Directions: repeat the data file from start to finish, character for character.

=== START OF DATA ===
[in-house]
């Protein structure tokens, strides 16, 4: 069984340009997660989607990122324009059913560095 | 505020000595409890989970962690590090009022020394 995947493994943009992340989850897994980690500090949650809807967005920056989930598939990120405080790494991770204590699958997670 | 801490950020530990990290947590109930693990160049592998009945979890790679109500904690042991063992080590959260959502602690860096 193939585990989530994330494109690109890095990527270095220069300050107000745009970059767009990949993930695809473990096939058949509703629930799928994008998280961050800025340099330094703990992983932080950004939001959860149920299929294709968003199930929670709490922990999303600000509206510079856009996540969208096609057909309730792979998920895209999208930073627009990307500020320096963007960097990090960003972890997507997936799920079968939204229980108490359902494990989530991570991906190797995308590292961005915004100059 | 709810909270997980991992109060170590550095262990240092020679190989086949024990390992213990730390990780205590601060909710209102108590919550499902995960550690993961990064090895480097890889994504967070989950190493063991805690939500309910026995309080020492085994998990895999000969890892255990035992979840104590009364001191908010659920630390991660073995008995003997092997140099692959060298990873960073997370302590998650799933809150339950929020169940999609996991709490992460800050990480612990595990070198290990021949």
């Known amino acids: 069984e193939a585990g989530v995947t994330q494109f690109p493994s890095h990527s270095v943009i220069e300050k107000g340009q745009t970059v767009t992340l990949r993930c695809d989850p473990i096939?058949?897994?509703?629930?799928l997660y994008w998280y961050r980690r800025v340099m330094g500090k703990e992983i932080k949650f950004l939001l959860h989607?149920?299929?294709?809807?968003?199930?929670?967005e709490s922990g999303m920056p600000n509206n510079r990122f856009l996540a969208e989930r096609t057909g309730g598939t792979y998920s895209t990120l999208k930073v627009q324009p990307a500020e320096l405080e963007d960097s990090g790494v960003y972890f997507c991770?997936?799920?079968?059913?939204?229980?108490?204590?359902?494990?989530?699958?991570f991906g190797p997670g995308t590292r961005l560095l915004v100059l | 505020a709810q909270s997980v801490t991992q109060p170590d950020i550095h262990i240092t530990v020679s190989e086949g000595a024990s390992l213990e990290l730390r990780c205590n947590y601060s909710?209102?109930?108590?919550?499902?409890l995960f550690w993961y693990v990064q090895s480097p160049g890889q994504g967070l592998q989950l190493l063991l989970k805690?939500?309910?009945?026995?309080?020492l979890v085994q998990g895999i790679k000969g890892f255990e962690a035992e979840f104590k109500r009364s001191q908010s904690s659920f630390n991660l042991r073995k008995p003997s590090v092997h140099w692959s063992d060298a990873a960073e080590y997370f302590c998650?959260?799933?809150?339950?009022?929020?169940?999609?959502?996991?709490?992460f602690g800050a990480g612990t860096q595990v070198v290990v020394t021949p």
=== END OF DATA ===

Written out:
[in-house]
């Protein structure tokens, strides 16, 4: 069984340009997660989607990122324009059913560095 | 505020000595409890989970962690590090009022020394 995947493994943009992340989850897994980690500090949650809807967005920056989930598939990120405080790494991770204590699958997670 | 801490950020530990990290947590109930693990160049592998009945979890790679109500904690042991063992080590959260959502602690860096 193939585990989530994330494109690109890095990527270095220069300050107000745009970059767009990949993930695809473990096939058949509703629930799928994008998280961050800025340099330094703990992983932080950004939001959860149920299929294709968003199930929670709490922990999303600000509206510079856009996540969208096609057909309730792979998920895209999208930073627009990307500020320096963007960097990090960003972890997507997936799920079968939204229980108490359902494990989530991570991906190797995308590292961005915004100059 | 709810909270997980991992109060170590550095262990240092020679190989086949024990390992213990730390990780205590601060909710209102108590919550499902995960550690993961990064090895480097890889994504967070989950190493063991805690939500309910026995309080020492085994998990895999000969890892255990035992979840104590009364001191908010659920630390991660073995008995003997092997140099692959060298990873960073997370302590998650799933809150339950929020169940999609996991709490992460800050990480612990595990070198290990021949």
């Known amino acids: 069984e193939a585990g989530v995947t994330q494109f690109p493994s890095h990527s270095v943009i220069e300050k107000g340009q745009t970059v767009t992340l990949r993930c695809d989850p473990i096939?058949?897994?509703?629930?799928l997660y994008w998280y961050r980690r800025v340099m330094g500090k703990e992983i932080k949650f950004l939001l959860h989607?149920?299929?294709?809807?968003?199930?929670?967005e709490s922990g999303m920056p600000n509206n510079r990122f856009l996540a969208e989930r096609t057909g309730g598939t792979y998920s895209t990120l999208k930073v627009q324009p990307a500020e320096l405080e963007d960097s990090g790494v960003y972890f997507c991770?997936?799920?079968?059913?939204?229980?108490?204590?359902?494990?989530?699958?991570f991906g190797p997670g995308t590292r961005l560095l915004v100059l | 505020a709810q909270s997980v801490t991992q109060p170590d950020i550095h262990i240092t530990v020679s190989e086949g000595a024990s390992l213990e990290l730390r990780c205590n947590y601060s909710?209102?109930?108590?919550?499902?409890l995960f550690w993961y693990v990064q090895s480097p160049g890889q994504g967070l592998q989950l190493l063991l989970k805690?939500?309910?009945?026995?309080?020492l979890v085994q998990g895999i790679k000969g890892f255990e962690a035992e979840f104590k109500r009364s001191q908010s904690s659920f630390n991660l042991r073995k008995p003997s590090v092997h140099w692959s063992d060298a990873a960073e080590y997370f302590c998650?959260?799933?809150?339950?009022?929020?169940?999609?959502?996991?709490?992460f602690g800050a990480g612990t860096q595990v070198v290990v020394t021949p």